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The ABCs of Purchasing a Used Vehicle on Everyman Driver

In today’s vehicle market and economy, it’s not exactly realistic for most Americans to throw down their hard-earned money on a brand-new vehicle. Due to the microchip shortage, new vehicles are far fewer in supply than they ever have been. Unfortunately, that means that consumers are having to pay premium prices when they shop for new cars.

Another disadvantage with buying a new car is that it begins to depreciate the moment you drive it off the lot. This may be a hard pill to swallow, but the average new car depreciates in value by over 20% in the first year of ownership. The price along with the devaluation issue has led many car-buyers to seriously consider used vehicles.

For those of you that I’ve never purchased a used car before, it doesn’t have to be an intimidating process. All you need to do is a little bit of homework, be mindful of your budget, and make sure you have all your ducks in a row upon purchasing. Here are the ABCs of purchasing a used vehicle.

A for Assessing the Situation

Your first step to finding the perfect used car is to assess the situation. Fortunately, the Internet makes this incredibly easy to do. Simply search the term “used cars near me” and that should pull up all your local dealerships that are in the used car market. Or you can be more specific and search for “used cars for sale in Houston.” From there, it’s just a matter of identifying which type of car, truck, or SUV that looks like a good fit for you.

Obviously, you want to be wary of a few things such as high mileage, accidents on the vehicle history, and a long list of previous owners. The trick to used car shopping is to find that rare gem that is in the best condition possible at the right price.

Try to identify a good handful of used cars that look like a good potential fit so that you’re not putting all of your eggs in one basket. Remember, you may have an ideal car in mind, but going with a used car means you won’t get absolutely everything on your wish list. Be sure to self-assess what’s most important to you and prioritize those items when shopping. For instance, if you have a long commute or find yourself traveling a lot by car, fuel economy and infotainment features should be at the top of your list.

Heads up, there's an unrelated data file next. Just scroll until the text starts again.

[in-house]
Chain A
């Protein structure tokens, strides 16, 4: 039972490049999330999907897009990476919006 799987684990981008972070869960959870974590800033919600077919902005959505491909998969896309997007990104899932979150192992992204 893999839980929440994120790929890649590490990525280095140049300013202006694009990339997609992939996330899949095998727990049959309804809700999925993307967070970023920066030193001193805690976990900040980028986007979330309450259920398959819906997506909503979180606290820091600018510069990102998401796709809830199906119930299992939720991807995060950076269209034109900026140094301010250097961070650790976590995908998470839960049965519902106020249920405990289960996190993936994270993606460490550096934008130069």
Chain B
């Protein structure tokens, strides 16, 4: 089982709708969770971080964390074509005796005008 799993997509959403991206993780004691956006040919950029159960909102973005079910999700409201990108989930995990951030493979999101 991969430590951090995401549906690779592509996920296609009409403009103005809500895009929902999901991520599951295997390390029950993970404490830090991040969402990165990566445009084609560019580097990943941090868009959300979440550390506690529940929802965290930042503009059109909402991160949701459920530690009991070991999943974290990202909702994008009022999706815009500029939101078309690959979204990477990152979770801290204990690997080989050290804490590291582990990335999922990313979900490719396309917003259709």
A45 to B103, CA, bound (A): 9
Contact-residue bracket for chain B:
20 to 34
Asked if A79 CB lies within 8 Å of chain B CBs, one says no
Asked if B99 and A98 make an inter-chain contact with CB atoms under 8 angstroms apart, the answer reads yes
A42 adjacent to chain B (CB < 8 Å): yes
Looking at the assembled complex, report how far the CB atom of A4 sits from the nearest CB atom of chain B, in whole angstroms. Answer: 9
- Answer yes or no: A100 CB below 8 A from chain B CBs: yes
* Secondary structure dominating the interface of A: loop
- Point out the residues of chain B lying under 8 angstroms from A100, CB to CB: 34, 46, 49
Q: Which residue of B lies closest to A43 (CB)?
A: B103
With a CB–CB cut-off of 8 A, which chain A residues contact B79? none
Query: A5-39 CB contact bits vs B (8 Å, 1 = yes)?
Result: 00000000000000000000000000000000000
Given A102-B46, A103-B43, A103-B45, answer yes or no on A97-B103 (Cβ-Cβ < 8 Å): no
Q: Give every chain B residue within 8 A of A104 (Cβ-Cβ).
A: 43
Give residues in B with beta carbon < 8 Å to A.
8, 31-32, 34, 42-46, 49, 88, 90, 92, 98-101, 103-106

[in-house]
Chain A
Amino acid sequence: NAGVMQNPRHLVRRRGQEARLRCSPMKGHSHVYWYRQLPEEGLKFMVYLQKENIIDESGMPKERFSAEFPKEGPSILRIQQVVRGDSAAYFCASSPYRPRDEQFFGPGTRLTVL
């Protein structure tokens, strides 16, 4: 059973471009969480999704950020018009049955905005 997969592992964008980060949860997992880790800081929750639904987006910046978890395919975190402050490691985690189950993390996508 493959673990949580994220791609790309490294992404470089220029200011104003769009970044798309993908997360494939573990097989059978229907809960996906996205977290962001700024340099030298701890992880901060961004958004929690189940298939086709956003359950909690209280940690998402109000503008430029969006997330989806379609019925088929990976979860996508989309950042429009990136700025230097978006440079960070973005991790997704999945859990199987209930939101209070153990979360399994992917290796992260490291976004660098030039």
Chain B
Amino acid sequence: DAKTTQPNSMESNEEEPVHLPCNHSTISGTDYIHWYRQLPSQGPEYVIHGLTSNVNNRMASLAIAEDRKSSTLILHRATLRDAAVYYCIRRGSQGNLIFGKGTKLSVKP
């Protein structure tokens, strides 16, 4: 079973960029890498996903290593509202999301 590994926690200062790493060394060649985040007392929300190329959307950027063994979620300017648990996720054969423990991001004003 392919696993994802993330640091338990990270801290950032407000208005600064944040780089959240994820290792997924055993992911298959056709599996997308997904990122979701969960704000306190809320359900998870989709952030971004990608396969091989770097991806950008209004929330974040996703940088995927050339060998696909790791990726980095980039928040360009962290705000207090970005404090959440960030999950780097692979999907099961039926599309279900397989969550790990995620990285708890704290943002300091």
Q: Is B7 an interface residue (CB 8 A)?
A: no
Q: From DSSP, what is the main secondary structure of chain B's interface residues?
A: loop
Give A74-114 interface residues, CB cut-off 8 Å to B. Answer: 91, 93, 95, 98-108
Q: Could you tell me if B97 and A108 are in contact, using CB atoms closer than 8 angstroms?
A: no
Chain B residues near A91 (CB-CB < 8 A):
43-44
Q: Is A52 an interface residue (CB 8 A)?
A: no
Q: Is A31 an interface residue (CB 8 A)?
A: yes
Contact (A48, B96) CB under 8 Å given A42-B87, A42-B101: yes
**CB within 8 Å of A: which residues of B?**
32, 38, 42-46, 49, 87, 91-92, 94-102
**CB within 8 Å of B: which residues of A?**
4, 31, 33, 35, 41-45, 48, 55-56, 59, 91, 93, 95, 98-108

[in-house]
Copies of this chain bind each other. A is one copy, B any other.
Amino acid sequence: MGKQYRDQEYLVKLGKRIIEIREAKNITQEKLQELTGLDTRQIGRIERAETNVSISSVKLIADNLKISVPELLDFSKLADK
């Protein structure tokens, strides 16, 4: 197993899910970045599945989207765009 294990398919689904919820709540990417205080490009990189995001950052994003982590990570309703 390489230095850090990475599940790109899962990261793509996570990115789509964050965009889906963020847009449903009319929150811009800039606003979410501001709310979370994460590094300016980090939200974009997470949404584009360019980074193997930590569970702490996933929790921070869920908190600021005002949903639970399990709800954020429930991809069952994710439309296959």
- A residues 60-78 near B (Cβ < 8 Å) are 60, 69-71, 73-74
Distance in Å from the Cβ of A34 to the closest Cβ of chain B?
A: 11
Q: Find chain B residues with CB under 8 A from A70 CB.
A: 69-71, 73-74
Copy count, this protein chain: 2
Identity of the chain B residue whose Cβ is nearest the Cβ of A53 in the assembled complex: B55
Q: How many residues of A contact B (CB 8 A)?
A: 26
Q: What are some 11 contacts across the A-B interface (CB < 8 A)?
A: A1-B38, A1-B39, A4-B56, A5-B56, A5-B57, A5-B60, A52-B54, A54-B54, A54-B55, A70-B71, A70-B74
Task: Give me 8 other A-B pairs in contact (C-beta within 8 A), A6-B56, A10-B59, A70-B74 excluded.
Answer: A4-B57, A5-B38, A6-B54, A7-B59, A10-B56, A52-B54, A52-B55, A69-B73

B for Budgeting and Bargaining

Setting a budget is perhaps one of the most important steps when going through the used car purchase process. Although it can be tempting to overextend yourself because you found your dream car, you have to think in both the short and long-term. Remember, the used car purchase price is only the tip of the iceberg. You also have to consider sales tax, insurance, registration fees, monthly fuel costs, and any immediate repairs and/or maintenance the car may need. A $10,000 used car can very easily become a $12,000 used car in the blink of an eye.

However, you’re not totally helpless on the pricing issue, which brings us to our second “B.” You need to drive a hard bargain, and basic negotiation dictates the majority of used car sellers aren’t advertising their best and final offers. Everybody in the seller’s market – new and used – highballs the price because they expect to be negotiated down. So, don’t be afraid to chip away at the price a little. If the seller truly wants to unload their vehicle, they’ll be willing to make a small concession on the price.

C for Completing the Purchase

Let’s say that you finally get to the point where you’ve test driven the car you want and everything checks out. The price is right and you and the seller have reached an accord.

Your next step is to complete the purchase; however, it’s important to keep in mind that car purchases are not a handshake deal, even if it’s from a friend or family member.

Make absolutely sure that you have all your ducks in a row as far as paperwork is concerned. The main documents that you’ll need are the title, bill of sale, and (if applicable) VIN number verification. You’ll also want to check with your local Department of motor vehicles to make sure that you’re not missing any additional documentation requirements. For instance, some states require proof of a satisfactory emissions test.

Start Your Used Car Shopping Process Today

Now that you know the ropes when it comes to used car shopping, the next step is to kick off your search for that perfect car, truck, or SUV near you. Remember, you can use search terms like “used cars in Texas” to identify the dealerships and private sellers in your direct vicinity. From there, you can start applying filters to your search in terms of price and vehicle type. Approach the process deliberately and with a patient attitude. Buying a used car can take time, but if you do your homework and are good about communicating with sellers, you’ll do just fine.

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